In fact, off the top of my head I can only think of Danger UXB and occasionally The Unit really focusing on bomb disposal on TV; in the movies, even Speed didn’t dwell on disarmament, only evasion, and Quatermass and the Pit didn’t have a bomb, only a spaceship everyone thought was a bomb.

Juggernaut (also known as Terror on the Britannic), released in 1974, is perhaps the only instance of a movie that deals exclusively from beginning to end with the defusal of a single bomb and that features a heroic bomb disposal expert at the centre of the action.

Set on board a luxury liner travelling across the Atlantic, the movie sees Richard Harris try to disarm seven identical and highly complicated bombs designed by a man calling himself ‘Juggernaut’. The first film to develop the ‘red wire/blue wire’ dilemma, it’s a tense piece directed by Richard ‘Superman II‘ Lester, with dialogue by Alan ‘Beiderbecke‘ Plater, that while featuring an all-star cast is in reality a mesmerising monologue by Harris and a musing on the nature of death. It’s a movie you should own.

Here’s the very 70s, slightly judgemental trailer narrated by a bored American man.

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Film reviews

Movies you should own: Manhunter

¡Madre Mia! I’ve finally got round to writing it. The reasons you should own Manhunter! Will wonders never cease?

As far as most people are concerned, The Silence of the Lambs was the film that introduced serial killer Hannibal Lecter to the world. Starring (Sir) Anthony Hopkins as the ex-psychiatrist and people-eater, it was one of the first horror movies to do respectably at the Oscars and catapulted both Hopkins and Jodie Foster, who played the FBI agent trying to mine him for information, into the league of A-list stars.

Since then, we’ve had Hannibal and Red Dragon, both starring Hopkins as Lecter, and young Lecter movie, Hannibal Rising – all to diminishing effect.

What not many people realise is that back in the 80s, Michael Mann, director of Heat, Collateral, The Insider and Last of the Mohicans as well as creator of Miami Vice, had already adapted the original Lecter novel, Red Dragon, as Manhunter.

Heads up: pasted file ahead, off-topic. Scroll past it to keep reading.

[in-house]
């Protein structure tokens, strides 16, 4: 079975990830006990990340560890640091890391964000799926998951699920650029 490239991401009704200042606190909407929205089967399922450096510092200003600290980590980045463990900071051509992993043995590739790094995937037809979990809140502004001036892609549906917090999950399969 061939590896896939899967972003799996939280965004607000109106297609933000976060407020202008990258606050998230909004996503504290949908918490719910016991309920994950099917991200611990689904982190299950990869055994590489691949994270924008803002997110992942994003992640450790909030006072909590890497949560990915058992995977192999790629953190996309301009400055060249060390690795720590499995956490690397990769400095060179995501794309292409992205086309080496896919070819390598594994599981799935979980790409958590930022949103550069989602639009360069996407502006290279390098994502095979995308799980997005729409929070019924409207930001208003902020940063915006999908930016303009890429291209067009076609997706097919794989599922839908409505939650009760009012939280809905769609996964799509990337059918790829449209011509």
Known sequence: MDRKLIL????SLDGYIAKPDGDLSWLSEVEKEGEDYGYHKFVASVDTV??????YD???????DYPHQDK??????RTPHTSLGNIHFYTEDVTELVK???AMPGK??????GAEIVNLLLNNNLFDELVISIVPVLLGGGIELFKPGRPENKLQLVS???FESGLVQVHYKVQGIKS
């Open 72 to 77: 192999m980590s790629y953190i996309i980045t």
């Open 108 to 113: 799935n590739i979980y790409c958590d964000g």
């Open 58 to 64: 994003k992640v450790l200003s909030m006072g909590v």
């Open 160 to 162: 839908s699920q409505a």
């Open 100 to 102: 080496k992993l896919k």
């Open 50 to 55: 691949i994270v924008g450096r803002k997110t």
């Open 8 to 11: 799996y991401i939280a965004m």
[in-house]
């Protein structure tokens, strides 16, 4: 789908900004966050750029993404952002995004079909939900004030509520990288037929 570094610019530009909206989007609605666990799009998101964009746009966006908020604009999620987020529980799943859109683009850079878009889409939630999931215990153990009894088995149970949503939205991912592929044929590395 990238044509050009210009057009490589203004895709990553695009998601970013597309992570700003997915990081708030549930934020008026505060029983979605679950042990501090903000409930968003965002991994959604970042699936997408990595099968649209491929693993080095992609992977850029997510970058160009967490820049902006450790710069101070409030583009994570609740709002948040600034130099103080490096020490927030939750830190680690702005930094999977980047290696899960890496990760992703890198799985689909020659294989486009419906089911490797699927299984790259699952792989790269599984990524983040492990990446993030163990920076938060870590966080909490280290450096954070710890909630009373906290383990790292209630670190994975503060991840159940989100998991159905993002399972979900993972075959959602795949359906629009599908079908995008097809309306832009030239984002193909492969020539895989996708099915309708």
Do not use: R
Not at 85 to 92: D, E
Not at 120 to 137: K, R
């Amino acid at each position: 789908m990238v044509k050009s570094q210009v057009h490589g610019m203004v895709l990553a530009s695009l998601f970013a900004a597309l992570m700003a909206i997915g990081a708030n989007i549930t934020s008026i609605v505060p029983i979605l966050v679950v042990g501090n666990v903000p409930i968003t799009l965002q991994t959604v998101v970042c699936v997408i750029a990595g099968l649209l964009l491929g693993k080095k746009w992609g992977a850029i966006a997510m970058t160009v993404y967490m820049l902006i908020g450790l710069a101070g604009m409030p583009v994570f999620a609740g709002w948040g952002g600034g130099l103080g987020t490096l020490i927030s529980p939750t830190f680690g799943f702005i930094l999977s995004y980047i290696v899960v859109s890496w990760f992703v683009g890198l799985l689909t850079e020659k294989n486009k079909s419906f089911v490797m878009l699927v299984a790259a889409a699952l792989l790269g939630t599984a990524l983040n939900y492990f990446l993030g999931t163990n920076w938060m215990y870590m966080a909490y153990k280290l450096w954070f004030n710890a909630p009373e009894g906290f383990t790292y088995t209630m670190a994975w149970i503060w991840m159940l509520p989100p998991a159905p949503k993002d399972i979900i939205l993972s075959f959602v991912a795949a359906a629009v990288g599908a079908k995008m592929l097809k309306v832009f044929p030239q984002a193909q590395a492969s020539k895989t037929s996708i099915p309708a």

Way before Millennium, Profiler and CSI made popular forensic science, psychological profiling and the idea of thinking inside a killer’s mind to catch him, it featured CSI‘s William Petersen as Will Graham, the man who caught Lecter by risking his own sanity and daring to think the same thoughts. Equally notably, it also featured Brian Cox as Hannibal – and he’s a damn sight better than Anthony Hopkins.

Which is why Manhunter is a movie you should own. Here’s the original trailer for Manhunter – forgive it for being made in the 80s.

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Film

Movies you should own: The Andromeda Strain (1971)

I started “Movies You Should Buy” (now called “Movies You Should Own” because I belatedly realise it rhymes with Alex Cox’s old BBC2 film strand, Moviedrome) with The Satan Bug. Lovely “killer virus” movie that – probably the first. 

But there was a bigger and better “killer virus” film to come, one that marked the end of many of the trends The Satan Bug seemed to start – or at least coincide with.

The title of this movie, which you should definitely own, is now used by virus researchers whenever they want to put a name to their worst nightmare: a virus that they can’t cure but is utterly contagious and can kill anything in a frighteningly short space of time. 

It’s The Andromeda Strain (1971) and it’s probably the best, clever-stupid “killer virus” movie ever made.

Here’s the title sequence, complete with scary arse theme tune.